In Varela v. Board of Police Comrs., 107 Cal.App.2d 816, 820 [ 238 P.2d 62], it was asserted that appellant Varela could not maintain a proceeding in mandamus to compel his reinstatement as sergeant in the Los Angeles police force, "without having first made a demand upon the Board of Civil Service Commissioners for reinstatement, which he failed to do within the time prescribed by section 112 1/2 of the city charter."
The court there stated: "Appellant tacitly admits that he was required to file a demand for reinstatement as required by section 112 1/2. It was so held in Moreno v. Cairns, 20 Cal.2d 531 [ 127 P.2d 914], supra, a case which involved a fireman who claimed his resignation had been obtained unlawfully. Following that decision, we hold that compliance with section 112 1/2 was a prerequisite to the maintenance of the present action, although the Board of Civil Service Commissioners has no jurisdiction to reinstate or refuse to reinstate a member of the police or fire departments who has been suspended or discharged. . . .
"It is true that section 202 does not provide for the trial of the question whether one who has resigned under duress should be reinstated, but the board (Board of Rights) nevertheless has that power. It is the only body authorized to remove a member of the police force or to otherwise separate him from the service. Either the authority must be implied or it does not exist in any officer or body. There is an express provision in section 112 which deprives the Civil Service Commission of all authority with respect to the removal or reinstatement of members of the police and fire departments. . . .
"We hold, therefore, that appellant's action was barred by his failure to comply with section 112 1/2 of the charter under the facts alleged, which facts clearly establish a failure upon his part to prosecute his claims with the diligence which the circumstances demanded. The demurrer of respondents was properly sustained without leave to amend."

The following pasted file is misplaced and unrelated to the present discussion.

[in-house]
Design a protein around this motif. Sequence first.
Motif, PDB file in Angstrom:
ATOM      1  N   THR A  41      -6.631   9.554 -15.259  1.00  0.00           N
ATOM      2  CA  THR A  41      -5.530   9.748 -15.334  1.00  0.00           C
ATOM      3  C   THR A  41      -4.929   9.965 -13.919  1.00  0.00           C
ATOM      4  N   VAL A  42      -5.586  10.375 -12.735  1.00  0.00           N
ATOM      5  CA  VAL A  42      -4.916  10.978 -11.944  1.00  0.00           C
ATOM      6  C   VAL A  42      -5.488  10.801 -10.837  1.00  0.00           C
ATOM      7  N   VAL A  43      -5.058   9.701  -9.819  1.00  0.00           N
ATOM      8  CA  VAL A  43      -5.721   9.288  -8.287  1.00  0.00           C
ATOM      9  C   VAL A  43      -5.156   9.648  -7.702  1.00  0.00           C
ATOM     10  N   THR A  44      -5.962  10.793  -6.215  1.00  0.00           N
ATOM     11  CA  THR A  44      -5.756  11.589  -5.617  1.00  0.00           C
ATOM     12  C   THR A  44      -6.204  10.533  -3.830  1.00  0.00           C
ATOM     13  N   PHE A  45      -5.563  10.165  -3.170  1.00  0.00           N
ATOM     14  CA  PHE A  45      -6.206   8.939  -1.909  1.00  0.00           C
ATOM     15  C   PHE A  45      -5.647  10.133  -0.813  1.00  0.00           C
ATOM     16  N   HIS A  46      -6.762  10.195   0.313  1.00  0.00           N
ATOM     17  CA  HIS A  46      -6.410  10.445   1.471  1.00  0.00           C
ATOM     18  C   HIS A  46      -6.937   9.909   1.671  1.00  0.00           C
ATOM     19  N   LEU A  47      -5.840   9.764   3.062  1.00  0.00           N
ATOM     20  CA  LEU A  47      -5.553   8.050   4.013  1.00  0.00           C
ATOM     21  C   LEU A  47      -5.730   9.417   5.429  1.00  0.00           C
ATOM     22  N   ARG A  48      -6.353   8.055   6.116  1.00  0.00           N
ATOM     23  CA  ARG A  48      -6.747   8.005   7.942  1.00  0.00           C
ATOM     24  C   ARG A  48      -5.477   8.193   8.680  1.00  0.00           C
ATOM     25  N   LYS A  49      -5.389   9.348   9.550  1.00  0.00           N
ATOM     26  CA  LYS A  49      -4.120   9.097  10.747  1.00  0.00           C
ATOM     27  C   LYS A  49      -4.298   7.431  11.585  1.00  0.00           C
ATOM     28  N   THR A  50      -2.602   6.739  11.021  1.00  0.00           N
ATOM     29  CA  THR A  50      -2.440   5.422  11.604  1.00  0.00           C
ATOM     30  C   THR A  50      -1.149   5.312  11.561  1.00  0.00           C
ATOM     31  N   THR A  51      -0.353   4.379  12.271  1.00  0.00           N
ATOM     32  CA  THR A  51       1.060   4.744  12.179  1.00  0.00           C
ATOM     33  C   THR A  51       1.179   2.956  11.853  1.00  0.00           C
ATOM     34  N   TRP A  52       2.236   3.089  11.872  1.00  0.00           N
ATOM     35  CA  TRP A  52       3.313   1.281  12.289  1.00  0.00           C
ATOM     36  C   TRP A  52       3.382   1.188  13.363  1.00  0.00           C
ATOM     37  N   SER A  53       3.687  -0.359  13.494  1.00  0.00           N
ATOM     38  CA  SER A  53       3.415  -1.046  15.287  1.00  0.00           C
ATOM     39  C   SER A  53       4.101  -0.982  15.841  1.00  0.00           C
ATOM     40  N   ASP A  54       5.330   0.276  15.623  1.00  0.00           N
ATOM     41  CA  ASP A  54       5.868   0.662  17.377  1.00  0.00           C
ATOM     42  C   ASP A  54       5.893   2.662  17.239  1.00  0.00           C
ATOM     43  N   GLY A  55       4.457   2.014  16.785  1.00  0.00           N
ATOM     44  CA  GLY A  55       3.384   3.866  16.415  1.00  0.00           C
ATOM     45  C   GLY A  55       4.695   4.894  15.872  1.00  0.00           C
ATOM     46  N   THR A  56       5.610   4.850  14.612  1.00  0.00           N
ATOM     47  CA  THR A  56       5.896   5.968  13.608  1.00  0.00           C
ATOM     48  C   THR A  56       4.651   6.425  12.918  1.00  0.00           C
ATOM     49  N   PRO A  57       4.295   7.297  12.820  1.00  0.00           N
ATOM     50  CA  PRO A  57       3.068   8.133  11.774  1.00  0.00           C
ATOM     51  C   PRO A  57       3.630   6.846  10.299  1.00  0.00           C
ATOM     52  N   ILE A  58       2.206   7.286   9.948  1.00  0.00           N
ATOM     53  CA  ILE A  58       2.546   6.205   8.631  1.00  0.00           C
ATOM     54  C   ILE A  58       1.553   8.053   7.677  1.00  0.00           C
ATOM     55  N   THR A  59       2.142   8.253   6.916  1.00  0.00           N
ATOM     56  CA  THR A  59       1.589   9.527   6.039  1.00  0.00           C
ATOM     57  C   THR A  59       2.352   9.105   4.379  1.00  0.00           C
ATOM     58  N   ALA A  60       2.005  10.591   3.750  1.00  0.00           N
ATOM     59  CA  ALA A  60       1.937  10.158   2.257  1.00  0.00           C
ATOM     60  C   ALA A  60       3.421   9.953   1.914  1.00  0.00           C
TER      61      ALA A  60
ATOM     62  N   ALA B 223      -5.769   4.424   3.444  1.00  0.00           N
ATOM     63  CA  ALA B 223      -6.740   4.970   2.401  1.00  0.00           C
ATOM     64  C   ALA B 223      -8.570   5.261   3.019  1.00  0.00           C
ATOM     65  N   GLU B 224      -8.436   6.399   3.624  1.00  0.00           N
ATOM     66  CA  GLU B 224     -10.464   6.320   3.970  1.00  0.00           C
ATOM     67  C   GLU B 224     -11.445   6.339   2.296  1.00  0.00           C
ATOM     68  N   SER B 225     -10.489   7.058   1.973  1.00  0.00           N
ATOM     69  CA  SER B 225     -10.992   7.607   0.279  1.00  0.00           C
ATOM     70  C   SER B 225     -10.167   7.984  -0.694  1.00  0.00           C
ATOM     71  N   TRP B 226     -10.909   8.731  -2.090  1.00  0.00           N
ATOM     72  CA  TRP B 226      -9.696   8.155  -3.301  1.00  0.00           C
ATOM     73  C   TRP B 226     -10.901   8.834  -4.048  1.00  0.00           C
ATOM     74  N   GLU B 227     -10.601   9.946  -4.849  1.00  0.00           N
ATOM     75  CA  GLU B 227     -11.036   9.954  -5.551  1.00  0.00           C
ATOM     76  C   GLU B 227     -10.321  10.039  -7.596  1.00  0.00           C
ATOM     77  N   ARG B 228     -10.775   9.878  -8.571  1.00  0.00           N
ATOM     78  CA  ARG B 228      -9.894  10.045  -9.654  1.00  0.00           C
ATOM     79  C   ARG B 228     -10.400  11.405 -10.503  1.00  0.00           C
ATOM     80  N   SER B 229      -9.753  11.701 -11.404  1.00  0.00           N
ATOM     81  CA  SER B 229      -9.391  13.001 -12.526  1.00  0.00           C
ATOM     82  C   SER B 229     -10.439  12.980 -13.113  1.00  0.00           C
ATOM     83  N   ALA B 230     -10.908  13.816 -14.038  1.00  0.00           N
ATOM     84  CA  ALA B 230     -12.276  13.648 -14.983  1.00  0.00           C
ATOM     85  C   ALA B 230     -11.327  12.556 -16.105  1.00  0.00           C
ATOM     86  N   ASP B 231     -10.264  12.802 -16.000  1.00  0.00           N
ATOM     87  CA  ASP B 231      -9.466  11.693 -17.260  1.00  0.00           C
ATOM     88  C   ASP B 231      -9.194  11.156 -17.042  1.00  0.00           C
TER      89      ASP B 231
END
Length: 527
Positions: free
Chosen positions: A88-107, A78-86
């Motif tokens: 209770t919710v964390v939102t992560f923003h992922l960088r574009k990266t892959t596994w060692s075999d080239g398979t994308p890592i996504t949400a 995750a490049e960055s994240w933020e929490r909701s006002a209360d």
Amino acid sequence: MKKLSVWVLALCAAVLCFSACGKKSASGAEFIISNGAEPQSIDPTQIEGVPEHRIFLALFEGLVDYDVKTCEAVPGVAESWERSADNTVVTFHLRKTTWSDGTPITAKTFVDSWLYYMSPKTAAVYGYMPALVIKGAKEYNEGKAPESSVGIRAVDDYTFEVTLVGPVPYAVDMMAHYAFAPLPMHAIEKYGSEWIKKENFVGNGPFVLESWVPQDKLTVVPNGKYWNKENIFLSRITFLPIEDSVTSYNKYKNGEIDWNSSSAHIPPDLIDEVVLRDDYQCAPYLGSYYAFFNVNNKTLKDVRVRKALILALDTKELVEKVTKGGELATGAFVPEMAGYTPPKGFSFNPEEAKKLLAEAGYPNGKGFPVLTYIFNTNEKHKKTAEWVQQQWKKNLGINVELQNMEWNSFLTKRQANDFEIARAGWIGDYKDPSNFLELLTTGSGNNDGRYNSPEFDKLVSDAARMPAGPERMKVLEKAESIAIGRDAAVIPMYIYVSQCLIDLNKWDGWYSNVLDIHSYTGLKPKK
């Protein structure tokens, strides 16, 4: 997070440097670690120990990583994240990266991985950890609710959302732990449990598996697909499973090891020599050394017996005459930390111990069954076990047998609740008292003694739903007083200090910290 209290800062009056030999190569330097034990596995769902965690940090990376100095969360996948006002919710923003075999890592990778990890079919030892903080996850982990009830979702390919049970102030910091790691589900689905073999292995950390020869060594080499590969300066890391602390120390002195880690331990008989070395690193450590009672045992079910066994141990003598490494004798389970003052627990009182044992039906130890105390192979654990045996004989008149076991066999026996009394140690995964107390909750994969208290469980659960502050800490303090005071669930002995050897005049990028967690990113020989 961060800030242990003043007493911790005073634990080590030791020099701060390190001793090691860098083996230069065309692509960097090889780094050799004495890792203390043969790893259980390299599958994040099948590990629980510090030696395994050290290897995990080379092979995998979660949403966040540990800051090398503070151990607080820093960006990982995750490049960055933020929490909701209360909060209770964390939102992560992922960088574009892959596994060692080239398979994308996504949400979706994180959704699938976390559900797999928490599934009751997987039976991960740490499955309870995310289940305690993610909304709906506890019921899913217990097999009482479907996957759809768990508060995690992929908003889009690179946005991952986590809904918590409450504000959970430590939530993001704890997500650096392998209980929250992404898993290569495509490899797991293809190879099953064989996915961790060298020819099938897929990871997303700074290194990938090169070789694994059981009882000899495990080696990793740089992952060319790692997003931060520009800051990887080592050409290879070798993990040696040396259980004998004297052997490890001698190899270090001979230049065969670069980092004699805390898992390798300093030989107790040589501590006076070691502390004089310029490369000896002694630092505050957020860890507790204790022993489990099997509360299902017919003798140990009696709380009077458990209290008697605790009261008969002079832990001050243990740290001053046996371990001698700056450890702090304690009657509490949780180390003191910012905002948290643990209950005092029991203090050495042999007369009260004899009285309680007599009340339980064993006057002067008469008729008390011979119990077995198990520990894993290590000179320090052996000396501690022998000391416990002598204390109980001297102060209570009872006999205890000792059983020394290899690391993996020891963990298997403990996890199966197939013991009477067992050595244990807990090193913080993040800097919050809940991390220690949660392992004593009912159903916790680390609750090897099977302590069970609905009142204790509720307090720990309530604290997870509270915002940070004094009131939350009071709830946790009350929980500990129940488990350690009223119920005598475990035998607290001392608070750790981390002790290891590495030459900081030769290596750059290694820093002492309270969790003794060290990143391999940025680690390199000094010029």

See also Lorenson v. City of Los Angeles, 41 Cal.2d 334, 341 [ 260 P.2d 49], an action for balance of salary due police officer while temporarily relieved from duty. In the course of its opinion, the Supreme Court stated:
"Other charter provisions which the city also urges as requiring reversal of the judgment clearly do not apply. For instance, with respect to section 112 1/2, plaintiff has not claimed that he was illegally, wrongfully or invalidly `suspended, laid off or discharged.' Rather he has at all times protested his belief, and his right to believe, that the order of the chief of police temporarily relieving him from duty, although unjust and unfounded in ultimate truth, was legal and valid until such time as the board of rights had disposed of the charge against him. It has been defendant city which has attempted to claim — and this only since dismissal of the charge by the board of rights — that the relief from duty was illegal and wholly void from the time it was ordered, a claim which, for the reasons already discussed hereinabove, the city is estopped to make. Since plaintiff has not made the claim which is essential to the applicability of section 112 1/2 we do not reach the question as to whether being temporarily `relieved from duty' under section 202 is encompassed within the expression `suspended, laid off or discharged' as the latter terms are used in section 112 1/2." (Emphasis included.)
 Here appellant alleged a wrongful discharge. In the circumstances presented by the record, compliance with said section 112 1/2 of the city charter was a prerequisite to the maintenance of the instant action.
 The appeal from the order sustaining respondent's demurrer without leave to amend is dismissed. Such order is not appealable, but may be reviewed on appeal from the judgment. ( Steiner v. Darby, 88 Cal.App.2d 481, 498 [ 199 P.2d 429].)
The judgment of dismissal is affirmed.
White, P.J., and Doran, J., concurred.
Appellant's petition for a hearing by the Supreme Court was denied February 16, 1955.